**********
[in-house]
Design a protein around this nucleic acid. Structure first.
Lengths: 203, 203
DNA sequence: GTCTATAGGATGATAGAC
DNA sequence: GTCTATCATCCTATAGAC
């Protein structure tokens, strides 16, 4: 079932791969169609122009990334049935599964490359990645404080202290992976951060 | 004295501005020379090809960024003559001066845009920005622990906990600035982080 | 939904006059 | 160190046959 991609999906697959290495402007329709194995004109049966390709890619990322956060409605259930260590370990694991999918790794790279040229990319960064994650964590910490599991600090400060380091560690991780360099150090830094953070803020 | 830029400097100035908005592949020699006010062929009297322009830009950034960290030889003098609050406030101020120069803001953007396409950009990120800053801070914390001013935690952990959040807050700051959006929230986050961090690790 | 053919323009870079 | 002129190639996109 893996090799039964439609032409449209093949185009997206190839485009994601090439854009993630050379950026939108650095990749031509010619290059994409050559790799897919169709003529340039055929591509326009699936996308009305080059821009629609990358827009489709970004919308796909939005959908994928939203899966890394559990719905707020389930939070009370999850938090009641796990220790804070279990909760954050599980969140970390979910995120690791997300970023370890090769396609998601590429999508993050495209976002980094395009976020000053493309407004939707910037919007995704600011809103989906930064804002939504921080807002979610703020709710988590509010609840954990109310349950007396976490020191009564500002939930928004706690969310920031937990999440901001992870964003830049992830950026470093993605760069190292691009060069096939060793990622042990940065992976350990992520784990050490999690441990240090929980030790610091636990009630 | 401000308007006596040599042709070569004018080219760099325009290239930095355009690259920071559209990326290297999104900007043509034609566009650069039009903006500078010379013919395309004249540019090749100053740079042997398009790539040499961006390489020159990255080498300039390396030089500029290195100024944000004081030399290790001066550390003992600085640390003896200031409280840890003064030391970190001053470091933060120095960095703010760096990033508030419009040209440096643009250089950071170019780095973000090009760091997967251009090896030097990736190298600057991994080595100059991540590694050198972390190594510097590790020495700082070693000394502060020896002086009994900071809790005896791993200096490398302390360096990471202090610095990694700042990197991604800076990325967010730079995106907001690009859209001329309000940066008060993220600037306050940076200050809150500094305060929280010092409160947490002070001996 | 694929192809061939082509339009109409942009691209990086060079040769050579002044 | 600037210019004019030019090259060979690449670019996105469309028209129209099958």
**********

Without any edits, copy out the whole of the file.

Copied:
[in-house]
Design a protein around this nucleic acid. Structure first.
Lengths: 203, 203
DNA sequence: GTCTATAGGATGATAGAC
DNA sequence: GTCTATCATCCTATAGAC
């Protein structure tokens, strides 16, 4: 079932791969169609122009990334049935599964490359990645404080202290992976951060 | 004295501005020379090809960024003559001066845009920005622990906990600035982080 | 939904006059 | 160190046959 991609999906697959290495402007329709194995004109049966390709890619990322956060409605259930260590370990694991999918790794790279040229990319960064994650964590910490599991600090400060380091560690991780360099150090830094953070803020 | 830029400097100035908005592949020699006010062929009297322009830009950034960290030889003098609050406030101020120069803001953007396409950009990120800053801070914390001013935690952990959040807050700051959006929230986050961090690790 | 053919323009870079 | 002129190639996109 893996090799039964439609032409449209093949185009997206190839485009994601090439854009993630050379950026939108650095990749031509010619290059994409050559790799897919169709003529340039055929591509326009699936996308009305080059821009629609990358827009489709970004919308796909939005959908994928939203899966890394559990719905707020389930939070009370999850938090009641796990220790804070279990909760954050599980969140970390979910995120690791997300970023370890090769396609998601590429999508993050495209976002980094395009976020000053493309407004939707910037919007995704600011809103989906930064804002939504921080807002979610703020709710988590509010609840954990109310349950007396976490020191009564500002939930928004706690969310920031937990999440901001992870964003830049992830950026470093993605760069190292691009060069096939060793990622042990940065992976350990992520784990050490999690441990240090929980030790610091636990009630 | 401000308007006596040599042709070569004018080219760099325009290239930095355009690259920071559209990326290297999104900007043509034609566009650069039009903006500078010379013919395309004249540019090749100053740079042997398009790539040499961006390489020159990255080498300039390396030089500029290195100024944000004081030399290790001066550390003992600085640390003896200031409280840890003064030391970190001053470091933060120095960095703010760096990033508030419009040209440096643009250089950071170019780095973000090009760091997967251009090896030097990736190298600057991994080595100059991540590694050198972390190594510097590790020495700082070693000394502060020896002086009994900071809790005896791993200096490398302390360096990471202090610095990694700042990197991604800076990325967010730079995106907001690009859209001329309000940066008060993220600037306050940076200050809150500094305060929280010092409160947490002070001996 | 694929192809061939082509339009109409942009691209990086060079040769050579002044 | 600037210019004019030019090259060979690449670019996105469309028209129209099958």